Philosophy is often something reserved for classrooms, books, and drunken nights at bars. Yet, Miele’s album Transience is an in-depth exploration of a philosophy that bleeds from every note, word, and beat.
An album over four years in the making, Transience is a time-lapse journey through a cavernous mansion of rooms amid centuries of change—in every corner a light is shone on a different facet of experience, through the timeline of existence.
Part historical record, part exercise in the demonstration of life-as-change, Transience is about the existential inevitability of impermanence. According to vocalist and piano player Melissa Lee Nilles, each song is a demonstration of this philosophy told through different experiences. Crafting them into songs is a way to both fight and embrace this inevitability.
“I think that a big part of my lyrical writing style has to do with captured experiences, things that exist and then they don’t,” Nilles said. “A moment of happiness, a moment of feeling connected with others, or a moment of feeling totally disconnected.”
Miele manages to capture this concept of fleeting moments and change throughout the album, in often novel ways.
One of the album’s tracks, “Slip Away,” expresses this point in its lyrical and musical themes. The first half of the song follows a standard verse-chorus structure, but then moves into a bridge that changes the direction of the song completely. A more linear structure—something that most all of the songs on Transience embody—has the listener start in one place, only to be left in a completely different place by the end.
This linear structure is something that key song composer and guitarist Joseph Spilsbury said was intentional throughout the album to serve the overall theme of transience.
“I think that there is, in certain songs, a black and white feel playing with intensity, loudness, and chord changes,” Spilsbury said. “Something shifts in the song and it changes the mood. Then boom, you’re in a different place emotionally.”
For “Slip Away,” Nilles said the track is about trying to grasp onto a thought that begins to slip like sand through the hands of consciousness. The song opens with these lyrics:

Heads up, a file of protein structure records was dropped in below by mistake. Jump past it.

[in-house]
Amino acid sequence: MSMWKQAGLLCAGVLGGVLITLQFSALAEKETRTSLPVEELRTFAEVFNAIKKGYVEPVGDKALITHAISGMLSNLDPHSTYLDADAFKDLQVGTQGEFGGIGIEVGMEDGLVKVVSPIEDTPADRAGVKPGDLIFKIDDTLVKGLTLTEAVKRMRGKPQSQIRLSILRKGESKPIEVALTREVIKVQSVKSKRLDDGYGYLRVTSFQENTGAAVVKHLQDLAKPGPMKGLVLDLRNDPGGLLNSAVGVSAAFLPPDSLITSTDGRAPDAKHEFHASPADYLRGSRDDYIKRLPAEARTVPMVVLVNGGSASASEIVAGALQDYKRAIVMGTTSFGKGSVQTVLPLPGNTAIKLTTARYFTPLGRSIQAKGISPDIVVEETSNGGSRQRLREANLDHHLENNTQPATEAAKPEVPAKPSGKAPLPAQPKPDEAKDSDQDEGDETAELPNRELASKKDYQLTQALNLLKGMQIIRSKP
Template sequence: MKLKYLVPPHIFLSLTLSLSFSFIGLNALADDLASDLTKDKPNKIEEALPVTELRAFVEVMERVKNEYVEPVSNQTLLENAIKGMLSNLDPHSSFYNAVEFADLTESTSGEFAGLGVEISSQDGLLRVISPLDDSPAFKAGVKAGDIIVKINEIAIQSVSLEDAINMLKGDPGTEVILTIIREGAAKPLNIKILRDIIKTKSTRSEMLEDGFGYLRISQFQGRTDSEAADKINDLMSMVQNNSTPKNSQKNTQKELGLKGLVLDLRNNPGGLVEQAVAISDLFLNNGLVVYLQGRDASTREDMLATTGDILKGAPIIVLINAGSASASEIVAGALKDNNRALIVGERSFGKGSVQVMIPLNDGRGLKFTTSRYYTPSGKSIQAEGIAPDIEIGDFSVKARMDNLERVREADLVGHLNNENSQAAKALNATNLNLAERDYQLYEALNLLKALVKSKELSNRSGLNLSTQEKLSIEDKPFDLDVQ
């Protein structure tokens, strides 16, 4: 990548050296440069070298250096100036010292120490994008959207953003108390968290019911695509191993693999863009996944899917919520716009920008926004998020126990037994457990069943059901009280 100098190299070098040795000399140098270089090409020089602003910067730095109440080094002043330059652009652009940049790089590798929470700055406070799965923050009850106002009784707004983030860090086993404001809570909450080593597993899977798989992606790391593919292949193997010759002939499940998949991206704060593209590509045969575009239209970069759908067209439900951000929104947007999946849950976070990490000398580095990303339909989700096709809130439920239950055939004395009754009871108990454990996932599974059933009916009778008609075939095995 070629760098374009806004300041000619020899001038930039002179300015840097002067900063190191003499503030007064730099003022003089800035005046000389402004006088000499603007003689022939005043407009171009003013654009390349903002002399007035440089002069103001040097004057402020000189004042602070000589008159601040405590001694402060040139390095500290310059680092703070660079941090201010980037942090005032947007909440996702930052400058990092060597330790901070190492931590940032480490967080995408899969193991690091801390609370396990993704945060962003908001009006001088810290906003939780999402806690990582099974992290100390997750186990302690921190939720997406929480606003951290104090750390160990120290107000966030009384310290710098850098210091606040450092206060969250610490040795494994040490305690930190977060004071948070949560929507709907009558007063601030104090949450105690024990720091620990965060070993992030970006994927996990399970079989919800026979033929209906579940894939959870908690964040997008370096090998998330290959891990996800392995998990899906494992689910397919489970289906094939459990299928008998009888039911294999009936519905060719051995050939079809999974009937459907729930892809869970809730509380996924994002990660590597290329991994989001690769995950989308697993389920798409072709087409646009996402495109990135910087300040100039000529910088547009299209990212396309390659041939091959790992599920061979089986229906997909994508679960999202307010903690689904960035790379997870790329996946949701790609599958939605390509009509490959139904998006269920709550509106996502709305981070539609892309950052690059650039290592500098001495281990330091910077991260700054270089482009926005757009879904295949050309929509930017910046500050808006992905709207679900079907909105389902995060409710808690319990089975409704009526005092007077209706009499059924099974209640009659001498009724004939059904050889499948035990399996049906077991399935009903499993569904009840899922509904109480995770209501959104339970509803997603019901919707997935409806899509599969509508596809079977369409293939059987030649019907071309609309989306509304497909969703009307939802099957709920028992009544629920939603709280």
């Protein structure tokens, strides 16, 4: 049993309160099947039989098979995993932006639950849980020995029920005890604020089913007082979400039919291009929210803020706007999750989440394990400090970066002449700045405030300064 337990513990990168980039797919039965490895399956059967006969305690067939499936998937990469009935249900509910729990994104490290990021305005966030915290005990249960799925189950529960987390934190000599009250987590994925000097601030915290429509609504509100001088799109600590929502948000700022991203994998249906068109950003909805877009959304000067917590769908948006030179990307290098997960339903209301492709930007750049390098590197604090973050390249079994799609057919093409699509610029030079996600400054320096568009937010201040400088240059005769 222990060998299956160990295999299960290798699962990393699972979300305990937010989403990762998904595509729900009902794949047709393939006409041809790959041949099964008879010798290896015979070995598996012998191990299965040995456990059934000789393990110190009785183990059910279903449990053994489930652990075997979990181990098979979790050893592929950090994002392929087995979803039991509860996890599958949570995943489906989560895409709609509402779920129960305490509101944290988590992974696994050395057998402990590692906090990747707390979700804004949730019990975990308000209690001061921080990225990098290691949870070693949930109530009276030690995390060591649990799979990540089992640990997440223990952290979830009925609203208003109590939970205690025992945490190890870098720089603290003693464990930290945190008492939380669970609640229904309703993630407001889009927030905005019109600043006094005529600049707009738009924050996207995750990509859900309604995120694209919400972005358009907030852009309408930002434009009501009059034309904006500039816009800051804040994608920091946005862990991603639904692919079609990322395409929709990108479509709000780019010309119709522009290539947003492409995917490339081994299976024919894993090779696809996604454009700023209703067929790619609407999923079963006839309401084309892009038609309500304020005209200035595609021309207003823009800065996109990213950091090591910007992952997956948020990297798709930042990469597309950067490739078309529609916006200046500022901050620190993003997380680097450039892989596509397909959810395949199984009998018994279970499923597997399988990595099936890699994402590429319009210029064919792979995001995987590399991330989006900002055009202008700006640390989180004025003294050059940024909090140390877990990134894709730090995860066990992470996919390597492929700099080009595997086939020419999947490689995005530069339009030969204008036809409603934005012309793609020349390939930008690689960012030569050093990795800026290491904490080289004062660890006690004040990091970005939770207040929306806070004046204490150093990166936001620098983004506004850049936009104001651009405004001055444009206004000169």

“Scattered horizons/New day,
Am I going to get out of bed,
Or let it slip away,
Slip away/Slip Away/Slip Away…”
“It’s about dreaming and the unconscious, and it’s about thoughts literally, like a dream, slipping out of your head,” Nilles said. “In the waking moments of your day, you’re trying to remember your dream. I think everyone knows the transient quality of that dream falling away.”
Spilsbury and Nilles both noted how Buddhist philosophy pulses through many of their songs. “Unfiltered” explores eastern thought through the lens of a cigarette, a metaphor for changing experiences:
“Ignite a light/sputtering spark,
Flicker flame/a steady burning glow,
Make you high/make you sigh,
Some combination of natural magic.
Full of dry potential.
Dancing on the sidewalk,
Washed away by the city sweepers,
Time and the rain.”
In Buddhist philosophy, impermanence is considered a fact of life while stuck in samsara, or the cycle of death and rebirth. “Unfiltered” explores this idea of death and the ending of things, with a nod to samsara. The recognition of potential in the song is perhaps an expression of desire or suffering, a major component of Buddhist thought.
“It’s talking about the process of making a cigarette, or something, and then burning it, and having ashes remain,” Nilles said. “It has potential and it just dies out, and there’s this moment of existing and burning out. I was latching on to how things can be really short lived with that song.”
Mental health, and the deep multitudes to be explored in mental health issues, play prominently throughout Transience. Nilles and Spilsbury both noted how the music has been impacted by their work in mental health as therapists.